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Photographer captures incredible close-up shots of a jumping spider showing every hair and eye

Close encounter of the arachnid kind: Photographer captures incredible zoomed-in shots of a jumping spider showing every hair and eye in magnificent detail

  • Professional photographer Calvin Taylor Lee takes creepy-crawly close-ups
  • His latest model is a tiny jumping spider that belongs to the species Hyllus diardi
  • Mr Lee captured the stunning shot at his home with a Sony a7RII digital camera
  • Among his other subjects are horse-flies, common wasps and ghost mantises

If you get arachnophobia, you might want to read a different MailOnline article.

Professional photographer Calvin Taylor Lee has captured incredible close-up shots of a jumping spider that show its every fine hair and eye in magnificent detail.

The tiny model — which belongs to the species Hyllus diardi — sports four pairs of eyes which give it incredible vision to help catch its prey.

If the present images weren’t incredible enough, Mr Lee reckons that he can get in even closer next time.  

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Professional photographer Calvin Taylor Lee has captured incredible close-up shots of a jumping spider that show its every fine hair and eye in magnificent detail

Professional photographer Calvin Taylor Lee has captured incredible close-up shots of a jumping spider that show its every fine hair and eye in magnificent detail

The tiny model — which belongs to the species Hyllus diardi — sports four pairs of eyes which give it incredible vision to help catch its prey

The tiny model — which belongs to the species Hyllus diardi — sports four pairs of eyes which give it incredible vision to help catch its prey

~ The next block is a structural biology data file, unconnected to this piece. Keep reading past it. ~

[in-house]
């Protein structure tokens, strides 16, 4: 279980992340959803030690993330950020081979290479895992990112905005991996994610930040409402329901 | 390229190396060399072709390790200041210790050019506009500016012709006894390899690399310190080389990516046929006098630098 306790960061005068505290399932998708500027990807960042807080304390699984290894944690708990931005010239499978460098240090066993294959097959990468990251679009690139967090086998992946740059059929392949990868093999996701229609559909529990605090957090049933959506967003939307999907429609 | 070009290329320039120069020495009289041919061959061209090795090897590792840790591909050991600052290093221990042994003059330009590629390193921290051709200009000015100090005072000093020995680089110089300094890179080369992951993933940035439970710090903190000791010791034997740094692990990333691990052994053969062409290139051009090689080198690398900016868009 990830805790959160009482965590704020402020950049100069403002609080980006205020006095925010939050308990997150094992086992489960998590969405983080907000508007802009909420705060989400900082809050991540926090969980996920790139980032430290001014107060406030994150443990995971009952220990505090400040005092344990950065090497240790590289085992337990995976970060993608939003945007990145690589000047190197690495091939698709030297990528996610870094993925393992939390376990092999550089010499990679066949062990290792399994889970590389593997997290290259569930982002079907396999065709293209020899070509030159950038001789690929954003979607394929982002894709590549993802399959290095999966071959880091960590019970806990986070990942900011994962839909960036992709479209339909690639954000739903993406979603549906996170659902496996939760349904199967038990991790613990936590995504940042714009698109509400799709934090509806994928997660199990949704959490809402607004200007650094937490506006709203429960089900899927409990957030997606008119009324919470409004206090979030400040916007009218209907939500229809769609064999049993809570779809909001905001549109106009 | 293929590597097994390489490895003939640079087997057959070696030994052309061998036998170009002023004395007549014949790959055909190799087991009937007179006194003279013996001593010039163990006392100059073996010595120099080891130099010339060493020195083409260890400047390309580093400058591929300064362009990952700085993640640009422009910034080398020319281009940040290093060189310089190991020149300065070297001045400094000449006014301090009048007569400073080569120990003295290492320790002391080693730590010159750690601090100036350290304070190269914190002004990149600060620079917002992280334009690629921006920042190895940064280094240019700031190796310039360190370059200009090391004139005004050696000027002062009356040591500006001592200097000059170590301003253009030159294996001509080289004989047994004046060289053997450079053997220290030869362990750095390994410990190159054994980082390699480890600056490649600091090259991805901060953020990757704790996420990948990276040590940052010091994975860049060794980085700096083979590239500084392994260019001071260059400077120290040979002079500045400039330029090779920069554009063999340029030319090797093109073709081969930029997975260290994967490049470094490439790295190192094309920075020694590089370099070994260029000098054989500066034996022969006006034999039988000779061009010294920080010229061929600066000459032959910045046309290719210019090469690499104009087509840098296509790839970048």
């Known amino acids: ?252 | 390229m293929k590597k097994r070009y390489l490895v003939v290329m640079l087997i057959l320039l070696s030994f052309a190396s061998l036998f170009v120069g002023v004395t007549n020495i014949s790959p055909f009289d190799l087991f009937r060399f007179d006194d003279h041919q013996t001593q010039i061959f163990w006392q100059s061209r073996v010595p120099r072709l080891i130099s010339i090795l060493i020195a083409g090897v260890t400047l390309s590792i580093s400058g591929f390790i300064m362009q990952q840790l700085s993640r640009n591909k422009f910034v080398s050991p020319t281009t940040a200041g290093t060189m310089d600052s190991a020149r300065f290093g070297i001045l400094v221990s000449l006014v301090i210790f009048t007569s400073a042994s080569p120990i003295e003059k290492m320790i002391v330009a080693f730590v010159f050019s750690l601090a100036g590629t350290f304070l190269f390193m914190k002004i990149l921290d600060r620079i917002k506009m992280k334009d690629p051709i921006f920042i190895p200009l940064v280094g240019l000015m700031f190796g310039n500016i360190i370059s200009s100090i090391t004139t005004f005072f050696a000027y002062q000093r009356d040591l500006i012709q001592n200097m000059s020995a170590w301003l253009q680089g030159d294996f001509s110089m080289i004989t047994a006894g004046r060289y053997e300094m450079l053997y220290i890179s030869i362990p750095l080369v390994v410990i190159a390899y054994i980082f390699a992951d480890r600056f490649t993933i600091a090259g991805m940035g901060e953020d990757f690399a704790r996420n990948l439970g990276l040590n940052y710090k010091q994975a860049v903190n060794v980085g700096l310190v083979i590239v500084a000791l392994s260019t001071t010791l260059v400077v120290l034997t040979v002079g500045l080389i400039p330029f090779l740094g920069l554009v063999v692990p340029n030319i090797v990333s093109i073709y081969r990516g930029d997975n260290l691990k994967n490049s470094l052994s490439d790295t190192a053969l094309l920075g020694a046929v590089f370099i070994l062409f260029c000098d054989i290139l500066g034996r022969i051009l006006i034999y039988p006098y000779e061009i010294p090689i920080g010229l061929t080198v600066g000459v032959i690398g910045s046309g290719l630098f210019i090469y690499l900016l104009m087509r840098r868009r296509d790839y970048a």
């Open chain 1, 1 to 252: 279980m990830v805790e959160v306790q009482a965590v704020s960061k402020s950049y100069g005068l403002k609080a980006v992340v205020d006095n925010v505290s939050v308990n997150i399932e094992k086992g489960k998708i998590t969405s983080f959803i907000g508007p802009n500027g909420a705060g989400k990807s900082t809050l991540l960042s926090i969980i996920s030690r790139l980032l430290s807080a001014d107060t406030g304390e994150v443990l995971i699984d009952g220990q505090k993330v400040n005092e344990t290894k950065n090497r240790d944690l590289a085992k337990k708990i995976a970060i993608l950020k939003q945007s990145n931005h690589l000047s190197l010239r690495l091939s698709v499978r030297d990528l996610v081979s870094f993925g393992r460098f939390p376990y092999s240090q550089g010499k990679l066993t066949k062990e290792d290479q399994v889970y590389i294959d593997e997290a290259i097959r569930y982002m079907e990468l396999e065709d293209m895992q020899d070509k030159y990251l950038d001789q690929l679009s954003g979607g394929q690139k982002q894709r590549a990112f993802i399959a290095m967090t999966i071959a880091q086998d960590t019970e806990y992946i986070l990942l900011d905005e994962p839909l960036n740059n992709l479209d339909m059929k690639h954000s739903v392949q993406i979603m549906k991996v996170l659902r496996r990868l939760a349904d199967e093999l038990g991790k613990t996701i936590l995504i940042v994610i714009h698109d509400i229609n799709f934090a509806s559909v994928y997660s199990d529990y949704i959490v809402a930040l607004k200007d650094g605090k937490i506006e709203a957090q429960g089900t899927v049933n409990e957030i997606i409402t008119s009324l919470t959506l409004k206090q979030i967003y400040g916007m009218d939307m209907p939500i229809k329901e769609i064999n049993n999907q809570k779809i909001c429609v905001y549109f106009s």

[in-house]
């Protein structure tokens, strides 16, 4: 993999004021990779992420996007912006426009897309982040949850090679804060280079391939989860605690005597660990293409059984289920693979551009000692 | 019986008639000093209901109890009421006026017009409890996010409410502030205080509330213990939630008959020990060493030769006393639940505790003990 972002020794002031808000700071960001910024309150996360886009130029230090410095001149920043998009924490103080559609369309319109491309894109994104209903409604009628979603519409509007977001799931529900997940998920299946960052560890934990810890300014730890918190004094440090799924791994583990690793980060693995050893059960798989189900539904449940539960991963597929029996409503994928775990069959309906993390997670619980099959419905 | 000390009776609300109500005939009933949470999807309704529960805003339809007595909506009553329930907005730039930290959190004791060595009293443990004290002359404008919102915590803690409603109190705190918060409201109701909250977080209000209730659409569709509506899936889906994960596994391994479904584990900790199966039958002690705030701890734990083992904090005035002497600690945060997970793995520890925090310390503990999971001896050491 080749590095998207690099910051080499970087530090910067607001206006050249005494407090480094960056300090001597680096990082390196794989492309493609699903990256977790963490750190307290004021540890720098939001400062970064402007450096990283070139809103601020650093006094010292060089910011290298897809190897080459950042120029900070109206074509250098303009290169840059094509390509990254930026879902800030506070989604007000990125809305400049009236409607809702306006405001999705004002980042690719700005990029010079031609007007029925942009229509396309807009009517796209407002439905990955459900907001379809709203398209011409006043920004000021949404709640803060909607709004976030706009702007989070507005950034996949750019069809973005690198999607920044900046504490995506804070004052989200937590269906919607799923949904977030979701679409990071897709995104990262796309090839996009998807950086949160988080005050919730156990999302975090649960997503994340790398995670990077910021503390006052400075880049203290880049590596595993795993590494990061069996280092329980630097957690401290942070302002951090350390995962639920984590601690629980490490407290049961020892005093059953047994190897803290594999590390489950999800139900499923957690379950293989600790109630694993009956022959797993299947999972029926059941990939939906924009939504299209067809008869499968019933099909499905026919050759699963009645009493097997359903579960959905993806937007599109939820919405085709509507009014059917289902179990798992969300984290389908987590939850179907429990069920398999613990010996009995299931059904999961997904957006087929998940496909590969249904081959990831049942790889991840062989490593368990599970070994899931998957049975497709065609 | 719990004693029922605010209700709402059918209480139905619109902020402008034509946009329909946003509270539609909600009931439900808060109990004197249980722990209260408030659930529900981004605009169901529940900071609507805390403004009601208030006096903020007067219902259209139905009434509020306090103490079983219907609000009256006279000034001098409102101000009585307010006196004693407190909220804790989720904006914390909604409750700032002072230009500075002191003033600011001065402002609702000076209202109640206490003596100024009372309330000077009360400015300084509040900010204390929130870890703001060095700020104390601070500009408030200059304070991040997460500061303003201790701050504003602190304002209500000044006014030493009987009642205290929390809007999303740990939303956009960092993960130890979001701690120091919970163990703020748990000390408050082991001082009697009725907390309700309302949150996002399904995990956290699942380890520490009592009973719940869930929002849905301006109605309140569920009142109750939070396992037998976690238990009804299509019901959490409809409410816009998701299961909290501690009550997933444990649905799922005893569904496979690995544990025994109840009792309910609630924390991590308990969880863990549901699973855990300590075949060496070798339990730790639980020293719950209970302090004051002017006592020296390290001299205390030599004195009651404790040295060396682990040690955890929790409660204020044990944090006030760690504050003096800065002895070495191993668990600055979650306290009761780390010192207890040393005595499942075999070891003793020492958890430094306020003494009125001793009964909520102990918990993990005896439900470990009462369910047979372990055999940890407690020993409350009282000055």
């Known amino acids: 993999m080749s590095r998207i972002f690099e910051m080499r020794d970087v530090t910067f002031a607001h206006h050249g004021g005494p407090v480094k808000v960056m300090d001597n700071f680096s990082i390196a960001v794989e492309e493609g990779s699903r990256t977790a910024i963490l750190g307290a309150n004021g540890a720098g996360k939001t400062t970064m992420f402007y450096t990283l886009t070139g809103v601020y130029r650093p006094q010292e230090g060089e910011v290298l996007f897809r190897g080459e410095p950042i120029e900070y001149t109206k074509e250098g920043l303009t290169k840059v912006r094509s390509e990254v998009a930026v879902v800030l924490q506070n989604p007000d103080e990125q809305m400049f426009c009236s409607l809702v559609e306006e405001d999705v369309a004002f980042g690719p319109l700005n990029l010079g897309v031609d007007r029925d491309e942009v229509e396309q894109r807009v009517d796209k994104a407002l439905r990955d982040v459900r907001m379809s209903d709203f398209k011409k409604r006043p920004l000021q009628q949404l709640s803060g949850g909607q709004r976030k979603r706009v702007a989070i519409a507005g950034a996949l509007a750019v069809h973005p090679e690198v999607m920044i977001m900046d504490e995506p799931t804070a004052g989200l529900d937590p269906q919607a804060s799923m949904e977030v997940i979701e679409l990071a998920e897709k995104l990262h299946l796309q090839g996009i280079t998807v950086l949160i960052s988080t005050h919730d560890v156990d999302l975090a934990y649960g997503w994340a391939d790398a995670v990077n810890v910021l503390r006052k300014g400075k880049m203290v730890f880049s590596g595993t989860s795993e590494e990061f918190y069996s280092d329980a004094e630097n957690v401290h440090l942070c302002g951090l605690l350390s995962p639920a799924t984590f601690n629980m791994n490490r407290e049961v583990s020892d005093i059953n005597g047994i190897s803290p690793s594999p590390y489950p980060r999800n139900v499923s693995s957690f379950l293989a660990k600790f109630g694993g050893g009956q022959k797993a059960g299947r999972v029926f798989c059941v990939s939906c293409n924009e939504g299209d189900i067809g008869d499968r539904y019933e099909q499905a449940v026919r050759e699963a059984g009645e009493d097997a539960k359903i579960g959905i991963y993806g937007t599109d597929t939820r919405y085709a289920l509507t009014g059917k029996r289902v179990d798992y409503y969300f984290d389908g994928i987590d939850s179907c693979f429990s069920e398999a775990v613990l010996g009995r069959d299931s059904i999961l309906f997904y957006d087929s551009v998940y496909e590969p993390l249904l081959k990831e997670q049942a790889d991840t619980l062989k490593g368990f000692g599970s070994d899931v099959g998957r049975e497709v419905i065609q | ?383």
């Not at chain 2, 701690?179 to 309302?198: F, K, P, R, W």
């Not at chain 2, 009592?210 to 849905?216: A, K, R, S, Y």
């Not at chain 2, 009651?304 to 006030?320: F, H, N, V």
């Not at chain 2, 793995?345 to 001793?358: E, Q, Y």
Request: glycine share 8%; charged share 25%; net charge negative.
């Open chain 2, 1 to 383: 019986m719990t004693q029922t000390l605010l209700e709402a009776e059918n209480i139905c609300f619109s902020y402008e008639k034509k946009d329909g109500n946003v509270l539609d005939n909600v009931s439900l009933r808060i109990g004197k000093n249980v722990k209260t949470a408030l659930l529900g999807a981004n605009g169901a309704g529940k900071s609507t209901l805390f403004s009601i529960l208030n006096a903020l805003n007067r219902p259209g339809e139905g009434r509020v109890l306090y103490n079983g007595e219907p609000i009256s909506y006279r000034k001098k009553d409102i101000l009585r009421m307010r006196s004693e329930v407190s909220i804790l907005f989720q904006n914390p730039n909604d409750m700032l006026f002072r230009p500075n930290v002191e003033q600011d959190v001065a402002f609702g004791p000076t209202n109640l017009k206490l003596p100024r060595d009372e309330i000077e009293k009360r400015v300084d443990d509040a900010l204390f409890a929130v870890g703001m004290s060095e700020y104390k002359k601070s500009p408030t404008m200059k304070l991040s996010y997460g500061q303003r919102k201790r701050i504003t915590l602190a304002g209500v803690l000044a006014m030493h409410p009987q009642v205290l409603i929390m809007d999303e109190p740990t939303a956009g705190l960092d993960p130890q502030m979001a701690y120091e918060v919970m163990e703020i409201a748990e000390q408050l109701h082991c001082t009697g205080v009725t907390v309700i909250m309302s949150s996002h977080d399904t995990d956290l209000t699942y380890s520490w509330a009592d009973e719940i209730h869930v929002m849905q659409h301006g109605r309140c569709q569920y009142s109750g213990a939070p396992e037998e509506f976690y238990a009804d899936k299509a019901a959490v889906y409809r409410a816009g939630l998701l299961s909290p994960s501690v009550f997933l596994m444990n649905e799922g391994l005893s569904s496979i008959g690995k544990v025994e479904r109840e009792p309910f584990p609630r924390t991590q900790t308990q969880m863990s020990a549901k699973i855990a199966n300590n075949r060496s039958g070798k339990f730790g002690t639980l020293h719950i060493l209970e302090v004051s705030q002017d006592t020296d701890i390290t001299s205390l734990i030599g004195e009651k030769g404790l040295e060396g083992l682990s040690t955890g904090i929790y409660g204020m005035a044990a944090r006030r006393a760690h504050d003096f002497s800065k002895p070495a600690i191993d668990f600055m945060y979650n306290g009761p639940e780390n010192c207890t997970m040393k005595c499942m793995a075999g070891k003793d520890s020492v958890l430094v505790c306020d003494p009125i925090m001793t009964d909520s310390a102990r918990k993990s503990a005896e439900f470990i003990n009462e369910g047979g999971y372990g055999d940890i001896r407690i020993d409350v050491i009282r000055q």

The professional photographer enjoys taking so-called ‘macro’ — or extreme close-up — pictures of creepy crawlies in his spare time.

He took the stunning shot of the jumping spider on a recent day off.

Mr Lee, who hails from Scunthorpe in Lincolnshire, said that it took him just four attempts to capture an image of the spider that he was happy with.

He added that he thinks another attempt could see him get up to 30 millimetres closer with cropping.

The picture was taken at Mr Lee’s home, using a Sony a7RII digital camera with a macro lens attached.

Mr Lee doesn’t just take pictures of spiders, however — his other close-up subjects have included horse-flies, wasps and ghost mantises.

If the present images weren't incredible enough, Mr Lee reckons that he can get in even closer to the tiny little arachnid models next time

If the present images weren’t incredible enough, Mr Lee reckons that he can get in even closer to the tiny little arachnid models next time

Mr Lee, who hails from Scunthorpe, Lincolnshire, said that it took him just four attempts to capture an image of the spider that he was happy with. Pictured, the jumping spider

Mr Lee, who hails from Scunthorpe, Lincolnshire, said that it took him just four attempts to capture an image of the spider that he was happy with. Pictured, the jumping spider

He added that he thinks another attempt could see him get up to 30 millimetres closer. Pictured, a different arachnid captured by Mr Lee, this one being a regal jumping spider

He added that he thinks another attempt could see him get up to 30 millimetres closer. Pictured, a different arachnid captured by Mr Lee, this one being a regal jumping spider

CALVIN’S CREEPY-CRAWLY CLOSE-UP COLLECTION 

Mr Lee doesn’t just take pictures of spiders, however — his other close-up subjects have included horse-flies, wasps and ghost mantises.

Pictured, a horsefly

Pictured, a horsefly

 

Pictured, a common wasp, also known as 'Vespula vulgaris'

Pictured, a bumblebee of the species Bombus lapidarius

Pictured left, a common wasp — or ‘Vespula vulgaris’ — and, right, a bumblebee of the species Bombus lapidarius

Pictured, a close-up of Heterochaeta orientalis, the giant African stick mantis

Pictured, a close-up of Heterochaeta orientalis, the giant African stick mantis

Pictured, Phyllocrania paradoxa, which is commonly known as the ghost mantis

Pictured, Phyllocrania paradoxa, which is commonly known as the ghost mantis

 

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